In the Taconic Hills of New York, situated among vast, open cornfields and up a narrow, twisty road, sits an unpretentious, yellow farmhouse and a large, one-story red outbuilding. Scattered behind are various ancillary structures. The bucolic surroundings belie the enterprise burgeoning within these walls. This is home to dairy farmer Tim Joseph, wife Laura, Tim’s sister, Julia, and her husband, Peter Meck, who have unwaveringly committed themselves to creating Maple Hill Creamery and its yogurts made with milk from 100 percent grass-fed cows.

In 2004, Tim and Laura became first-time dairy farmers with a herd of 60 traditional, grain-fed cows. Seemed like a good idea at first, but they soon realized conventional farming wasn’t working out for them. Tim decided to go against the grain. Literally. Enticed by the health values of a grass-based, forage-only system and “fascinated by turning sunshine into a product,” Tim carefully modified his cows’ diet, transitioning from grain to grass. By enabling his cows’ systems to function fully as they are designed—to roam freely and to consume high-fiber grasses that digest slowly, unlike corn and grain—the need for administering preemptive antibiotics is eliminated. Just one reason a grass-based approach is advantageous for the health of the animal, the ecology and the consumer.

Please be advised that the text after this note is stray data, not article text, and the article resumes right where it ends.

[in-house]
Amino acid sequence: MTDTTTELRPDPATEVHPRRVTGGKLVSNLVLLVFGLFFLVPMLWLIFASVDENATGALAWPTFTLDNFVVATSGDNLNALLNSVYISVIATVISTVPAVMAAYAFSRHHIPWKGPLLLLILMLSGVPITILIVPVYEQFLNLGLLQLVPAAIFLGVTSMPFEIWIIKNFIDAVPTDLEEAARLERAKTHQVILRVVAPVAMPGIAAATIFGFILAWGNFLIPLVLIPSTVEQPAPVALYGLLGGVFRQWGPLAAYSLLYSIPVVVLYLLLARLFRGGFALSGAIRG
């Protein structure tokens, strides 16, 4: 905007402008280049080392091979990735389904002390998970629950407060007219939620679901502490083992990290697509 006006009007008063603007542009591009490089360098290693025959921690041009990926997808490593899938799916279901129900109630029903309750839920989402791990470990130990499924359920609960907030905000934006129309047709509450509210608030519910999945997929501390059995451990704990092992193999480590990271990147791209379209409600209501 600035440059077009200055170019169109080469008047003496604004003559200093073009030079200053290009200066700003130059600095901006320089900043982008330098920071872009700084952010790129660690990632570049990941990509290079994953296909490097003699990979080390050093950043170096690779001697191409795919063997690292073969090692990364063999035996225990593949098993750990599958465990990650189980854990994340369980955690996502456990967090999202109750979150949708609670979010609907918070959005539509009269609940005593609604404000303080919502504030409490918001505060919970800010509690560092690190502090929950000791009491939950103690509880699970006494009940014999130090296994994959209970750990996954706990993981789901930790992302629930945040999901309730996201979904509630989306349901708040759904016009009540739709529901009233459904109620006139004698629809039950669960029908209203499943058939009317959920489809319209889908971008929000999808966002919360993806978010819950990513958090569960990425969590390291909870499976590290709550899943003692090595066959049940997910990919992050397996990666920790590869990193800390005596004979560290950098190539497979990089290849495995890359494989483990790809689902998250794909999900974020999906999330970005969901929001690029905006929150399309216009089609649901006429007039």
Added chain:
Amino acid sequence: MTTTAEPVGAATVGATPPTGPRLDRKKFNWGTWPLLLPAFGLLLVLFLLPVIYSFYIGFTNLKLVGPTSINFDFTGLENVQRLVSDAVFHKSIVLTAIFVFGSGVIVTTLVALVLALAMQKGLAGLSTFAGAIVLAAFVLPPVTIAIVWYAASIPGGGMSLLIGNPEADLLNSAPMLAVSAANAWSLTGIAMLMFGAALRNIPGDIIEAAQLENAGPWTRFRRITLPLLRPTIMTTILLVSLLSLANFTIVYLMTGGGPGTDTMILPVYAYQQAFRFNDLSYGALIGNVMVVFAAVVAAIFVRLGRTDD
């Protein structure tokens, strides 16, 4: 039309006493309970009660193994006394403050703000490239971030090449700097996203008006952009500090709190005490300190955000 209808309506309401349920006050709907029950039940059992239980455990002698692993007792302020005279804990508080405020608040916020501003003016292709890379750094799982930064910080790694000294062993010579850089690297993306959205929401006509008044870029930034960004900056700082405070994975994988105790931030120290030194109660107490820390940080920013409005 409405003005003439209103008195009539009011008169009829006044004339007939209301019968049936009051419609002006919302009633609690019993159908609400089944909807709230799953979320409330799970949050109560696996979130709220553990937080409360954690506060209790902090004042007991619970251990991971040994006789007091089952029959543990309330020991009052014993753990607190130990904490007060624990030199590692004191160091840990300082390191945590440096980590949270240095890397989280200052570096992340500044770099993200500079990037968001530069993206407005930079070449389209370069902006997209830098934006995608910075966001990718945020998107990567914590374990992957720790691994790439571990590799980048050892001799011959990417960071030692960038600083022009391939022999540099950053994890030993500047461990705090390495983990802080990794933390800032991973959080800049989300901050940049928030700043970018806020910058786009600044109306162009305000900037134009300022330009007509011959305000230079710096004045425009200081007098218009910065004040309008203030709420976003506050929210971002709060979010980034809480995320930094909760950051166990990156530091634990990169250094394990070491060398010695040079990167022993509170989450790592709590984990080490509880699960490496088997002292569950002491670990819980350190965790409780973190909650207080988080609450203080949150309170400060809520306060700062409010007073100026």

With the chemical-free milk now being produced, Tim and Laura began making yogurt for their children. Their decision to generate yogurt was helped along by the fact that Tim didn’t “have the patience to make cheese.” Realizing a non-homogenized, longer and slower processed milk from 100 percent grass-fed cows could be turned into such a silken, full fat yogurt, the Josephs began setting up to sell their crafted product.

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This is a lot of vegetable-based
nutrition in a yogurt market
routinely plagued by excessive
amounts of sugar and additives.

GROWING PAINS